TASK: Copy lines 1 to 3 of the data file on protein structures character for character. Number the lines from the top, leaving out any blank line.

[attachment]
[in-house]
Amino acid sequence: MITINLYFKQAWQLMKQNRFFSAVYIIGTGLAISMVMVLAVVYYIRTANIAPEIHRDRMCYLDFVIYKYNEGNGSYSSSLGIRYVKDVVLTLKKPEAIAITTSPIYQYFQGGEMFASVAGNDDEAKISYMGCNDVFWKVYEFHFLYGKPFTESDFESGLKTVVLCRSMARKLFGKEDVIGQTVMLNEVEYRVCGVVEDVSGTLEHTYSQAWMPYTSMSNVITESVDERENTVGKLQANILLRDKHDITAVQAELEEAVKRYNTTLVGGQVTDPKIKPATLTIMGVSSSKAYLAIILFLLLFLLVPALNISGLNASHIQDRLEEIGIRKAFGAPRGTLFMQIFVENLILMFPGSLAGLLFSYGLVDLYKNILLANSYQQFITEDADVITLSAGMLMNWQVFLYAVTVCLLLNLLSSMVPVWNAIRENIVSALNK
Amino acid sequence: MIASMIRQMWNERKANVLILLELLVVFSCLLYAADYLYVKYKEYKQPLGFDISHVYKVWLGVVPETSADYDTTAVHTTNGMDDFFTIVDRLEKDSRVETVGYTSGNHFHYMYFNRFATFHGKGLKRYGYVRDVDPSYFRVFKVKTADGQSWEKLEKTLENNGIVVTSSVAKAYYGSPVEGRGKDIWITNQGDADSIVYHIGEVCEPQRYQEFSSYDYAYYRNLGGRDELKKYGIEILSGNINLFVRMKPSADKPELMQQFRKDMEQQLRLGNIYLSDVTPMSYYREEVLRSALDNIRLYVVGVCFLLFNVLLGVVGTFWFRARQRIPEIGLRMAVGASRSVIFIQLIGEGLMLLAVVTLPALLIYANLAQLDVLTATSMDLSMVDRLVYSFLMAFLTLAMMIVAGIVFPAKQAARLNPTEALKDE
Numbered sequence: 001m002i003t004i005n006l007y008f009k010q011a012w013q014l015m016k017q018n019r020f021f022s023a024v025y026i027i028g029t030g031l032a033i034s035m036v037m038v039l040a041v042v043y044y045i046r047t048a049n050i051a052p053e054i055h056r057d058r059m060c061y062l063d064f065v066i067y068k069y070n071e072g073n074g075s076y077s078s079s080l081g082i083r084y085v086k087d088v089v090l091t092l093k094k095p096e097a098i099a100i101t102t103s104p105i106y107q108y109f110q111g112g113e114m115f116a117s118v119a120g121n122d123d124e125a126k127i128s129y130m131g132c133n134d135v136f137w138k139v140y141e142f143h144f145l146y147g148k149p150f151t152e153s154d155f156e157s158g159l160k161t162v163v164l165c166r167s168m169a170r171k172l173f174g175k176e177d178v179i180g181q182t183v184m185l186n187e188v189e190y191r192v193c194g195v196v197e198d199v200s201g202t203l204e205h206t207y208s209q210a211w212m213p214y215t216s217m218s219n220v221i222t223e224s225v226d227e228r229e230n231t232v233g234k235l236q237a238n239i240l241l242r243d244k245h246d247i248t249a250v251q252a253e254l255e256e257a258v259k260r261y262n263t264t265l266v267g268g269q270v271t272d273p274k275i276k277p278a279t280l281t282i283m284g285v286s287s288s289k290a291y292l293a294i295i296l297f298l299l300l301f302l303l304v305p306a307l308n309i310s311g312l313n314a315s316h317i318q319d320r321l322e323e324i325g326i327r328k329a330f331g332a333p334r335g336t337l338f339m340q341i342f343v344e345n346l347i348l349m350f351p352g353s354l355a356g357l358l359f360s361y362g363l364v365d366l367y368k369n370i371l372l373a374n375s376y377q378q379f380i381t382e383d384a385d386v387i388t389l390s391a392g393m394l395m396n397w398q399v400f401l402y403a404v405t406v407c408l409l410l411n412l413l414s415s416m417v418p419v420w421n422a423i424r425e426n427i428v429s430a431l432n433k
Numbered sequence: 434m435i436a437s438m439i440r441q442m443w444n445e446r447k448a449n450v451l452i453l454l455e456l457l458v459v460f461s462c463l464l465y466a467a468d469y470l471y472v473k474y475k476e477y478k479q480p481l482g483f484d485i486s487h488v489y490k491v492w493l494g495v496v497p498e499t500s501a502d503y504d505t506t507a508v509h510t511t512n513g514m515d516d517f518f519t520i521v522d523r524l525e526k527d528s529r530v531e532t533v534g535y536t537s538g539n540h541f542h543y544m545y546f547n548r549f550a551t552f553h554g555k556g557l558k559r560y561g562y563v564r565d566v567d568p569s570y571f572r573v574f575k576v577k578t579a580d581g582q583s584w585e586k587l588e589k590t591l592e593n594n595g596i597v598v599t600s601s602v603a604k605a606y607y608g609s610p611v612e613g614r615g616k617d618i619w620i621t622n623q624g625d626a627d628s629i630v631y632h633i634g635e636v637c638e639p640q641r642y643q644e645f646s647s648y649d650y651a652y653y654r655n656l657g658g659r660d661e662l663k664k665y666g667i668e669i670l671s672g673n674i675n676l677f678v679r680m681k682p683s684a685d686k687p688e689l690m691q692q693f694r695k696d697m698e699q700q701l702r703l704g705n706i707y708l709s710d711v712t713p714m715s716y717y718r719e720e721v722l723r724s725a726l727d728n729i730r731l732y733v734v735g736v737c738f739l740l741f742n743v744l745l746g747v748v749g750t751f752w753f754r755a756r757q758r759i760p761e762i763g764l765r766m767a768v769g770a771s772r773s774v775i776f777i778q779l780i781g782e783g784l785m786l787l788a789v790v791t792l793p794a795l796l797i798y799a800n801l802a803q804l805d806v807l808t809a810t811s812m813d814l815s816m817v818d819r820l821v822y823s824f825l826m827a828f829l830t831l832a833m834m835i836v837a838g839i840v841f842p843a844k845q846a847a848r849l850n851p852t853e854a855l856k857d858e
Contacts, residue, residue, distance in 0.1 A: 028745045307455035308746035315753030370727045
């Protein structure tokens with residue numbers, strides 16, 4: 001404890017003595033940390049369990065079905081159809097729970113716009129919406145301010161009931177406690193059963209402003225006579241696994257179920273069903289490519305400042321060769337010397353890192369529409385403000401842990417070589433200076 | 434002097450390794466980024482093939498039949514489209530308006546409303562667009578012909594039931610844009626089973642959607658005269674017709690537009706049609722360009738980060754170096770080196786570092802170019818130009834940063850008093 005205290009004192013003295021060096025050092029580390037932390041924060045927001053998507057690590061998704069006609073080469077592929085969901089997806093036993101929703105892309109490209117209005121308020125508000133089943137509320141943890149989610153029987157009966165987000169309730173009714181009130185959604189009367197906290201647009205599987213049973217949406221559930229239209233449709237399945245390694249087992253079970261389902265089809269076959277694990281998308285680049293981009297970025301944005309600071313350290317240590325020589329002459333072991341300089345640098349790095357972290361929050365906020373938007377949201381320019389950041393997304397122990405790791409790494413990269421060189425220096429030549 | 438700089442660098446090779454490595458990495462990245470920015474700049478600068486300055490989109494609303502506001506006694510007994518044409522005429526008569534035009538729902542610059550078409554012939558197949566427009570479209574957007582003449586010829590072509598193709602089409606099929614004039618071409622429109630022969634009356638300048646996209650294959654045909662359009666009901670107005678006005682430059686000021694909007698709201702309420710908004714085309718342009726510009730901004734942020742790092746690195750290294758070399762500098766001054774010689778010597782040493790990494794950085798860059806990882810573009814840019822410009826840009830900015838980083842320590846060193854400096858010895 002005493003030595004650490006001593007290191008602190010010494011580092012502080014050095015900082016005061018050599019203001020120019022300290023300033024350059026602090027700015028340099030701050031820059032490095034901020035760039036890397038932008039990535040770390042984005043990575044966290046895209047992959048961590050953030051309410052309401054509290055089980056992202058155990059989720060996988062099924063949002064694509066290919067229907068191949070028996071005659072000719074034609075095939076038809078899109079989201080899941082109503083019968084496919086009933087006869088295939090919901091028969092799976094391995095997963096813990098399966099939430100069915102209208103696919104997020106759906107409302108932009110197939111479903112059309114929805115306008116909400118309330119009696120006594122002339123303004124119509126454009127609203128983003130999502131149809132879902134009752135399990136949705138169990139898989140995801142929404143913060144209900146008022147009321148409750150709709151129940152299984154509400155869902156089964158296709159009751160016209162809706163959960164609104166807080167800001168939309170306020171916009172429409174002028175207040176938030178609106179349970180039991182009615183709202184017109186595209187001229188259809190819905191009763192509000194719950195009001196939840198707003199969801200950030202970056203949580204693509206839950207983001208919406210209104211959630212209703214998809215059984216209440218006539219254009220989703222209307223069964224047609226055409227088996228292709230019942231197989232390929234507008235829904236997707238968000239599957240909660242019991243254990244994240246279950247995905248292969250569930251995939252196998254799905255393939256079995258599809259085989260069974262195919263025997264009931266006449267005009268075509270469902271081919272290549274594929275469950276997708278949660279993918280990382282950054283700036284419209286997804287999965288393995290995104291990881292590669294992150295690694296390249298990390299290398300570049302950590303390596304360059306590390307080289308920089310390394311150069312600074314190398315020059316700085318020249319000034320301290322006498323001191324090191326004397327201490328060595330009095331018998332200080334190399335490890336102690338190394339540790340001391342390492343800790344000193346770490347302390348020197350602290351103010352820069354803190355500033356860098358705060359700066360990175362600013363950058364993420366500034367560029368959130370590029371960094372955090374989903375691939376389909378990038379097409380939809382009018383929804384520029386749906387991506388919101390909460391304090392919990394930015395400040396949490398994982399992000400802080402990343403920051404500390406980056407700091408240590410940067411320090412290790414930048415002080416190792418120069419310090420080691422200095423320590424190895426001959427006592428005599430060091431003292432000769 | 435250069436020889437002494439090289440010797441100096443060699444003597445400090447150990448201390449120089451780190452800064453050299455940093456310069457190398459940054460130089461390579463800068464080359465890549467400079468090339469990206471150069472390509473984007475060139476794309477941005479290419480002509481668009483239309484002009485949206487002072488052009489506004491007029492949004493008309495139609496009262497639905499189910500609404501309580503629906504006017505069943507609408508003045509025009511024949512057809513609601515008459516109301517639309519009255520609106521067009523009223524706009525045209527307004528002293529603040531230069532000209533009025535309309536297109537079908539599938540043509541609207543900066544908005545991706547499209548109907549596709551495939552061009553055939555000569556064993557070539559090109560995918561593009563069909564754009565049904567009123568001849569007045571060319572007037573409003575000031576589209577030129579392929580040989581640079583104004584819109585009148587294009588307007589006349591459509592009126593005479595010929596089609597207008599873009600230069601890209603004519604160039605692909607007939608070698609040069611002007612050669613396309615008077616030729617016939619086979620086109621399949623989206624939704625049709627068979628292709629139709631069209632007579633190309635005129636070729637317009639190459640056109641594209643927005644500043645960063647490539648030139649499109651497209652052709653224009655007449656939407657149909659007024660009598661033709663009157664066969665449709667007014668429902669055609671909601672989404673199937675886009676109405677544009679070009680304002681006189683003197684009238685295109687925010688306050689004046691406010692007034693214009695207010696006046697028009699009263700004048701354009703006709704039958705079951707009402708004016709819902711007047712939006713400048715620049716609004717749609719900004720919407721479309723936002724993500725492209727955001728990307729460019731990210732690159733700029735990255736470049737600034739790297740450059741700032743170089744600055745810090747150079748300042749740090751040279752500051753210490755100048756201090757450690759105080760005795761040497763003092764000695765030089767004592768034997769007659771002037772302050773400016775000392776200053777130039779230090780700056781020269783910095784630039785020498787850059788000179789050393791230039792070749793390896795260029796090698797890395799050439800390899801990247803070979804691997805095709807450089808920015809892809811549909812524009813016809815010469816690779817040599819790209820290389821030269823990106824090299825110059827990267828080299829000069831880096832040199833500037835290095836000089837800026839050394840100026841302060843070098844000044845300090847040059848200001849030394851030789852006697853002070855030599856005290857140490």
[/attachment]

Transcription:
[in-house]
Amino acid sequence: MITINLYFKQAWQLMKQNRFFSAVYIIGTGLAISMVMVLAVVYYIRTANIAPEIHRDRMCYLDFVIYKYNEGNGSYSSSLGIRYVKDVVLTLKKPEAIAITTSPIYQYFQGGEMFASVAGNDDEAKISYMGCNDVFWKVYEFHFLYGKPFTESDFESGLKTVVLCRSMARKLFGKEDVIGQTVMLNEVEYRVCGVVEDVSGTLEHTYSQAWMPYTSMSNVITESVDERENTVGKLQANILLRDKHDITAVQAELEEAVKRYNTTLVGGQVTDPKIKPATLTIMGVSSSKAYLAIILFLLLFLLVPALNISGLNASHIQDRLEEIGIRKAFGAPRGTLFMQIFVENLILMFPGSLAGLLFSYGLVDLYKNILLANSYQQFITEDADVITLSAGMLMNWQVFLYAVTVCLLLNLLSSMVPVWNAIRENIVSALNK
Amino acid sequence: MIASMIRQMWNERKANVLILLELLVVFSCLLYAADYLYVKYKEYKQPLGFDISHVYKVWLGVVPETSADYDTTAVHTTNGMDDFFTIVDRLEKDSRVETVGYTSGNHFHYMYFNRFATFHGKGLKRYGYVRDVDPSYFRVFKVKTADGQSWEKLEKTLENNGIVVTSSVAKAYYGSPVEGRGKDIWITNQGDADSIVYHIGEVCEPQRYQEFSSYDYAYYRNLGGRDELKKYGIEILSGNINLFVRMKPSADKPELMQQFRKDMEQQLRLGNIYLSDVTPMSYYREEVLRSALDNIRLYVVGVCFLLFNVLLGVVGTFWFRARQRIPEIGLRMAVGASRSVIFIQLIGEGLMLLAVVTLPALLIYANLAQLDVLTATSMDLSMVDRLVYSFLMAFLTLAMMIVAGIVFPAKQAARLNPTEALKDE